On Monday 17 May 2010 the European Parliament’s Economic and Monetary Affairs Committee (“ECON”) voted 33 votes for and 11 against for the latest amendments to the European Parliament’s draft of the AIFM Directive. On Tuesday 18 May European finance ministers met and agreed on a separate draft of the Directive.
Starting with the ECON draft, numerous changes were proposed including, interestingly, a different approach on the third country issue. Rather than granting equivalence status to third countries, the European Parliament draft now proposes a voluntary system, whereby a non-EU AIFM must agree to operate subject to the requirements of the AIFM Directive in order to access EU markets.
The national regulator of that country would need to work with the European Securities Markets Authority (“ESMA”) to supervise the manager. For a non-EU fund to be marketed within the EU, the country of that fund must have ‘high enough standards to combat money laundering and terrorist financing’, grant ‘reciprocal access to marketing of EU funds on its territory’ and have ‘agreements in place with the Member States where marketing is intended on exchange of information related to taxation and monitoring matters. Finally, the country must recognise and enforce judgements given in the EU on issues connected to the directive.’
A European Parliament press release (see link) sets out the other key amendments on issues such as transparency, leverage, valuators, depositories and capital requirements.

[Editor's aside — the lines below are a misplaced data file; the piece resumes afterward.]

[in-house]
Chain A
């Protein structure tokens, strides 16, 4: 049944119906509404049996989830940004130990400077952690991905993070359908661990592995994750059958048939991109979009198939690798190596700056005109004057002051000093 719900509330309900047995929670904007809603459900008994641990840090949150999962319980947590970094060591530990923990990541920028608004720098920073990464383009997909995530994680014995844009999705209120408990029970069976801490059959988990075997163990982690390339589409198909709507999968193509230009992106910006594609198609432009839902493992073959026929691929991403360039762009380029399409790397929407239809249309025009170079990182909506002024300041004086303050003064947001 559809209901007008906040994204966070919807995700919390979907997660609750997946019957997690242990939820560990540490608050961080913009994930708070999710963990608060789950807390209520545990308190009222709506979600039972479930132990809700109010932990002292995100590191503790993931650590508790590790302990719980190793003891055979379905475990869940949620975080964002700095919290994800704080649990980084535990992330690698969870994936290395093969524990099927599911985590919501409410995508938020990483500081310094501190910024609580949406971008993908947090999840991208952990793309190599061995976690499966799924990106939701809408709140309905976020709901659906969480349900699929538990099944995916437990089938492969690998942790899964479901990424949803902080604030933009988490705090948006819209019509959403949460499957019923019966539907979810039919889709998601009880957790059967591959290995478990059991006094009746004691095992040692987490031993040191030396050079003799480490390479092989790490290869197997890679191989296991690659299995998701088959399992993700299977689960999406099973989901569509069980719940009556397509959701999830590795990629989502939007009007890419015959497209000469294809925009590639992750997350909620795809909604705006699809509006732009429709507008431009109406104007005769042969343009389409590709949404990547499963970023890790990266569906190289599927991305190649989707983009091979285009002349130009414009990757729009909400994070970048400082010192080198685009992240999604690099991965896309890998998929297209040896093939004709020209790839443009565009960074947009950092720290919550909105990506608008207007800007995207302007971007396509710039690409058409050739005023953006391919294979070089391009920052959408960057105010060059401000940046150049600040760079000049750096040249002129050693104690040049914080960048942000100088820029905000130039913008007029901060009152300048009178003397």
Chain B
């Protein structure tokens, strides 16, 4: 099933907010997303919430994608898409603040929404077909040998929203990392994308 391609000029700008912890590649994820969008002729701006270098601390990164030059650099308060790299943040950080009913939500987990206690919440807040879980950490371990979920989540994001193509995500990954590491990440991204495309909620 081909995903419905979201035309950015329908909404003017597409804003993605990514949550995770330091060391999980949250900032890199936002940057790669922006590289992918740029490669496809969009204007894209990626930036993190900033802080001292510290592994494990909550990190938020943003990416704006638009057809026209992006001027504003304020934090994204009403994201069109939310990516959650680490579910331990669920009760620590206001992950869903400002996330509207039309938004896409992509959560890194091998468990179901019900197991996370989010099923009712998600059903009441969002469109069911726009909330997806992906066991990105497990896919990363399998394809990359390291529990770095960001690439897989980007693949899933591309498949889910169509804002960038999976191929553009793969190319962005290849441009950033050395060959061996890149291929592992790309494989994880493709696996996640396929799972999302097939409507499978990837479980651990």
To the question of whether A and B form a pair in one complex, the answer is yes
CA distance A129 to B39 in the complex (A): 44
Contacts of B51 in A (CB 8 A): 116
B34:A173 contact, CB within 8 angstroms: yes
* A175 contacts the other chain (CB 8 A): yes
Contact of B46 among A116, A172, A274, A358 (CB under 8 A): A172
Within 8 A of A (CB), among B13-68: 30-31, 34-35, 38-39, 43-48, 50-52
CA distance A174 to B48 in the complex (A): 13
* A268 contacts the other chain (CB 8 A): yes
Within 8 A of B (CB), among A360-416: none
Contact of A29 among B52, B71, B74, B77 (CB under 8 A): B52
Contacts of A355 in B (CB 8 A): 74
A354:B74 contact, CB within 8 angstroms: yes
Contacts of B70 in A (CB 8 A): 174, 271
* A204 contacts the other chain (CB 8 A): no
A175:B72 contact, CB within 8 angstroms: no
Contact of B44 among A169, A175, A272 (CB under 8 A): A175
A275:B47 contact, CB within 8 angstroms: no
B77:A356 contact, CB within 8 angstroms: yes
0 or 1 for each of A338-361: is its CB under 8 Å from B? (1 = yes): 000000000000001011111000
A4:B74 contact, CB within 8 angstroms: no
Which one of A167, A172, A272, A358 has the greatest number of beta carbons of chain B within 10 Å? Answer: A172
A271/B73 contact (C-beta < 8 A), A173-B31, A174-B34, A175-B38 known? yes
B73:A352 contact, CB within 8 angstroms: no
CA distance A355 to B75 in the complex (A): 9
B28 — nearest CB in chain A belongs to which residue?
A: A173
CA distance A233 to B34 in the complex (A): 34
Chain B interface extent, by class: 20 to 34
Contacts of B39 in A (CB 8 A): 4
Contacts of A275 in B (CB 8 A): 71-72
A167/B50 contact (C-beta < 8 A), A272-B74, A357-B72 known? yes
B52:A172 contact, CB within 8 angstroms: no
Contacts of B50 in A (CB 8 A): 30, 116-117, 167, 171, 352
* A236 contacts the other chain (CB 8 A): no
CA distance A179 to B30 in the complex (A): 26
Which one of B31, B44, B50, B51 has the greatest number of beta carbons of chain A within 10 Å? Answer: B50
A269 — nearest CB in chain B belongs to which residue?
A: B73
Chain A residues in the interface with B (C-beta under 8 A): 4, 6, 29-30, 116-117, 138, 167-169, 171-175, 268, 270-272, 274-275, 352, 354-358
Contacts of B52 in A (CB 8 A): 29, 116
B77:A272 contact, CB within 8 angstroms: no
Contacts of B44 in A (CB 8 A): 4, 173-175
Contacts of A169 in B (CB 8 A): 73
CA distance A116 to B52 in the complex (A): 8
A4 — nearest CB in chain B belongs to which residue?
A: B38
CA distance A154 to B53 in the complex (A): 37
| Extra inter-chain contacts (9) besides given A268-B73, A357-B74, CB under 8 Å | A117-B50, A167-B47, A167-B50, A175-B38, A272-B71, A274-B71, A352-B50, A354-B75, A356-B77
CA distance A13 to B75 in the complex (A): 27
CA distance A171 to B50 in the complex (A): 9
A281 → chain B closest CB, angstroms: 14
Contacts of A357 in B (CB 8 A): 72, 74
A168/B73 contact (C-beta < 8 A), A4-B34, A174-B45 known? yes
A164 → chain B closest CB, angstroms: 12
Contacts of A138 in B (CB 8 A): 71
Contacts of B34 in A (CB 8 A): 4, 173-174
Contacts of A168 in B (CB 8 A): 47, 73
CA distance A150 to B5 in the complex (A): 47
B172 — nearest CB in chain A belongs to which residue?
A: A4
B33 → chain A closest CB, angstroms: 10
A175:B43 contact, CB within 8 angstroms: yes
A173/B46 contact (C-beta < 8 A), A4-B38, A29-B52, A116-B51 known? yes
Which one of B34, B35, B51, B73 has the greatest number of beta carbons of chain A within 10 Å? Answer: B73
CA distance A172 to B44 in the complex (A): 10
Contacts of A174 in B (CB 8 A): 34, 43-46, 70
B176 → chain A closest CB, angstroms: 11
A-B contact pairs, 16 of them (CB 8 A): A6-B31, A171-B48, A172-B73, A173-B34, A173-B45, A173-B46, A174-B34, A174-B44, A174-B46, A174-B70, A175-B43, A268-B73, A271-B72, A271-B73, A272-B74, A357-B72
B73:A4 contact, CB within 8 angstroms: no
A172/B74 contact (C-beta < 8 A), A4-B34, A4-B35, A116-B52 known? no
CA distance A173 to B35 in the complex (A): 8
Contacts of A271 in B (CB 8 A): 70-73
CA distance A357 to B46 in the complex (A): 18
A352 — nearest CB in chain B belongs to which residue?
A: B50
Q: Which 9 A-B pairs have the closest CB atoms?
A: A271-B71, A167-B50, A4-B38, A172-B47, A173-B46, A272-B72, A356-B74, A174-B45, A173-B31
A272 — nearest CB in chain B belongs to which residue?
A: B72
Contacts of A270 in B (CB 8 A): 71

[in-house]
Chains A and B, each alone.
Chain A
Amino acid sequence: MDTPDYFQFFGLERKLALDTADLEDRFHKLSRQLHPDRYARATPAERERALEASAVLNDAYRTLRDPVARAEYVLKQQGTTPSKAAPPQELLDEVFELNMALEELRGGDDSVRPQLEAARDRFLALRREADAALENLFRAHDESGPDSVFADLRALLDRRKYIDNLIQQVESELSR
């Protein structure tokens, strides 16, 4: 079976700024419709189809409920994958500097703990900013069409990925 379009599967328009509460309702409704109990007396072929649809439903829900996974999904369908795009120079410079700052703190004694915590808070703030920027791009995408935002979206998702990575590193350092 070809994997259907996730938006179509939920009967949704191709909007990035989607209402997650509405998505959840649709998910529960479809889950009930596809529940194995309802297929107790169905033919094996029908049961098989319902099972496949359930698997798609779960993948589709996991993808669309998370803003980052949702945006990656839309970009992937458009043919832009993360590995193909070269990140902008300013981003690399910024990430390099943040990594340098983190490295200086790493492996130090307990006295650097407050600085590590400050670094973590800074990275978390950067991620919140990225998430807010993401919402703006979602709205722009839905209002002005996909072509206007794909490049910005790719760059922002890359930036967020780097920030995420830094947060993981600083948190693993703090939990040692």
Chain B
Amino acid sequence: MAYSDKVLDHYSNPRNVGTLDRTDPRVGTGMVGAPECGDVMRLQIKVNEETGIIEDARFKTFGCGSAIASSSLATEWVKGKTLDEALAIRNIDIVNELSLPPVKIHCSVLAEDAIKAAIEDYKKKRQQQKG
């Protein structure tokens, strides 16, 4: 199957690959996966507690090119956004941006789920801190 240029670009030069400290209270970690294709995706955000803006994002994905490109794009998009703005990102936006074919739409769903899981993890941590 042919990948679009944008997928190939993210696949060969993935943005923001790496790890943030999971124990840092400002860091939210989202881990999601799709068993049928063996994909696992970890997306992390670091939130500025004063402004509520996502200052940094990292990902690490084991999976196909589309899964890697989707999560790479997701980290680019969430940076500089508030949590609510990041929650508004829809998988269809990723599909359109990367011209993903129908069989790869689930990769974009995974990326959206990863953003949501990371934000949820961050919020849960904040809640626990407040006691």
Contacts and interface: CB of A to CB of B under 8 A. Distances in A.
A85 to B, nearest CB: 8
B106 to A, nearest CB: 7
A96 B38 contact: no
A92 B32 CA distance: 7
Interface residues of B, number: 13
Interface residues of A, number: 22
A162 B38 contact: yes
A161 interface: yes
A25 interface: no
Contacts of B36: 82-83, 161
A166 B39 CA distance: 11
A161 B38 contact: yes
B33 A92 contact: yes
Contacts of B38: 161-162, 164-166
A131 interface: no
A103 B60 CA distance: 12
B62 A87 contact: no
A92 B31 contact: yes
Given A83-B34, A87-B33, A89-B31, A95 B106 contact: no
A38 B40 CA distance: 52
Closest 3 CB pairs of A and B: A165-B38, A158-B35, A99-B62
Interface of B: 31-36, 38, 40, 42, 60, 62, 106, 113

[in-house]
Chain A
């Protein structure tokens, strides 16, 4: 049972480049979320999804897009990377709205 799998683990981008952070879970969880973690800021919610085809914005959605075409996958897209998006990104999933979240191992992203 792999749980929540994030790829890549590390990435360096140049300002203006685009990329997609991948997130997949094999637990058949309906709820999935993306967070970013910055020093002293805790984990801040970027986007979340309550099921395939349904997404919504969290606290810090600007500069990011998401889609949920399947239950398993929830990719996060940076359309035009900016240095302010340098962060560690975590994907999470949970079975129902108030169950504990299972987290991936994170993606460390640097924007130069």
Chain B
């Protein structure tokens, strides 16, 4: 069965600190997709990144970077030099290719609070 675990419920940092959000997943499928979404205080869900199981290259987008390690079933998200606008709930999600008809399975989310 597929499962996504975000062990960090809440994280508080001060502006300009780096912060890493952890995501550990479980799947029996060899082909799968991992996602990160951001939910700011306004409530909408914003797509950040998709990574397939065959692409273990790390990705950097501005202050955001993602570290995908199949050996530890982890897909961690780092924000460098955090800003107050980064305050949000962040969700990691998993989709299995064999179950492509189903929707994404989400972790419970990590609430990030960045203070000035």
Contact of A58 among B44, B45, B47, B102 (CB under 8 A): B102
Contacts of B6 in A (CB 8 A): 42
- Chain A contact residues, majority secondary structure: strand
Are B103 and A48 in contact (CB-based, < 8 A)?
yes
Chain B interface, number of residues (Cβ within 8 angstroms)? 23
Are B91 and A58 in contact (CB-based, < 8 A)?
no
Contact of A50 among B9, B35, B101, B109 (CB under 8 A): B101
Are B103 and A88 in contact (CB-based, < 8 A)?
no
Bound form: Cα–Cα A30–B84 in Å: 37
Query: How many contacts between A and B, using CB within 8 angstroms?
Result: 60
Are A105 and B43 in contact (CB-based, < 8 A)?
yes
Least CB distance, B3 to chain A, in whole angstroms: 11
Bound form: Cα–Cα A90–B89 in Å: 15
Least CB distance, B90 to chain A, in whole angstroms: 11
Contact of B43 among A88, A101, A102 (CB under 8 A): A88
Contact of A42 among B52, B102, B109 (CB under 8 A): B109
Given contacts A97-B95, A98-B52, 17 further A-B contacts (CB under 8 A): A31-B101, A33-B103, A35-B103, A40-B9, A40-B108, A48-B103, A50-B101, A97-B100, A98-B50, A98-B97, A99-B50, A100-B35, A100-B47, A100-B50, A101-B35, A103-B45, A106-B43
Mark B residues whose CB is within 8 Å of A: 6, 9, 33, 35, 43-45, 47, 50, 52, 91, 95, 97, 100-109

However, the parliamentary version’s new points, including the third country issue, voted on last night will ‘need to be elaborated on by the European Commission through implementing rules called delegated acts.’ These will specify the details on the agreements between ESMA and the national authorities for example. This version of the draft grants ESMA additional powers and involvement in many of the most important parts of the European Parliament text.
When Ecofin (a grouping of the EU Council of Ministers) met, EU finance minsters agreed on their own proposal for the AIFM Directive (see link), separate to the Commission’s parliamentary proposal text. With this version the national authorities would be given some involvement in the terms that funds and managers based outside the EU can market to professional investors within the EU.
Under the Ecofin proposal, third country fund managers ‘would be able to market funds established in third countries in an EU member state provided there is sufficient information for investors’ and ‘appropriate cooperation arrangements’ between authorities in the EU and the third country. Meanwhile, fund managers based in the EU ‘would be able to market funds located in third countries, provided that they comply with certain but not all provisions of the directive and the member state allows it’.
What next? The ‘working document’ (found in the link on the left from the European Parliament) states that trilogies with the Commission and the Council are the next stage before a European Parliament vote, scheduled for July 2010.